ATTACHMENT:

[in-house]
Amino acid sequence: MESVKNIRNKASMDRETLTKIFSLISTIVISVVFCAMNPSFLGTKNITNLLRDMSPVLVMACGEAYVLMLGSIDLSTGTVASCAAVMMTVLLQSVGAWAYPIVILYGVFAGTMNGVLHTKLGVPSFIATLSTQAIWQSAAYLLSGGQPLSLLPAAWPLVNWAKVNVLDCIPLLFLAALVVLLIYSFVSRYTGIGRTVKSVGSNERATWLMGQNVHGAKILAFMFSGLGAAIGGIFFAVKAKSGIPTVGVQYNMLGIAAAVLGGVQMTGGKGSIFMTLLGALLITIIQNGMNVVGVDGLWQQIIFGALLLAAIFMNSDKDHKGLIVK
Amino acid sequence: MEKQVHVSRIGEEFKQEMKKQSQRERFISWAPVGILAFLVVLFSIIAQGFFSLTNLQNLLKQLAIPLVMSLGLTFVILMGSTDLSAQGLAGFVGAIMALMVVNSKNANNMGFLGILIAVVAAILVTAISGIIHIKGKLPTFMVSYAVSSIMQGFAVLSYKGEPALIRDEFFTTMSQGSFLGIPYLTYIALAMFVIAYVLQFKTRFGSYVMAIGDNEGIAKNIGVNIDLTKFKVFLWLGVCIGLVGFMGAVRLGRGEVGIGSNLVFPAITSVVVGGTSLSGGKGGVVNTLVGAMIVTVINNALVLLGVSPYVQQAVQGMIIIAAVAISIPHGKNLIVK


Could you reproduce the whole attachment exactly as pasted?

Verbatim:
[in-house]
Amino acid sequence: MESVKNIRNKASMDRETLTKIFSLISTIVISVVFCAMNPSFLGTKNITNLLRDMSPVLVMACGEAYVLMLGSIDLSTGTVASCAAVMMTVLLQSVGAWAYPIVILYGVFAGTMNGVLHTKLGVPSFIATLSTQAIWQSAAYLLSGGQPLSLLPAAWPLVNWAKVNVLDCIPLLFLAALVVLLIYSFVSRYTGIGRTVKSVGSNERATWLMGQNVHGAKILAFMFSGLGAAIGGIFFAVKAKSGIPTVGVQYNMLGIAAAVLGGVQMTGGKGSIFMTLLGALLITIIQNGMNVVGVDGLWQQIIFGALLLAAIFMNSDKDHKGLIVK
Amino acid sequence: MEKQVHVSRIGEEFKQEMKKQSQRERFISWAPVGILAFLVVLFSIIAQGFFSLTNLQNLLKQLAIPLVMSLGLTFVILMGSTDLSAQGLAGFVGAIMALMVVNSKNANNMGFLGILIAVVAAILVTAISGIIHIKGKLPTFMVSYAVSSIMQGFAVLSYKGEPALIRDEFFTTMSQGSFLGIPYLTYIALAMFVIAYVLQFKTRFGSYVMAIGDNEGIAKNIGVNIDLTKFKVFLWLGVCIGLVGFMGAVRLGRGEVGIGSNLVFPAITSVVVGGTSLSGGKGGVVNTLVGAMIVTVINNALVLLGVSPYVQQAVQGMIIIAAVAISIPHGKNLIVK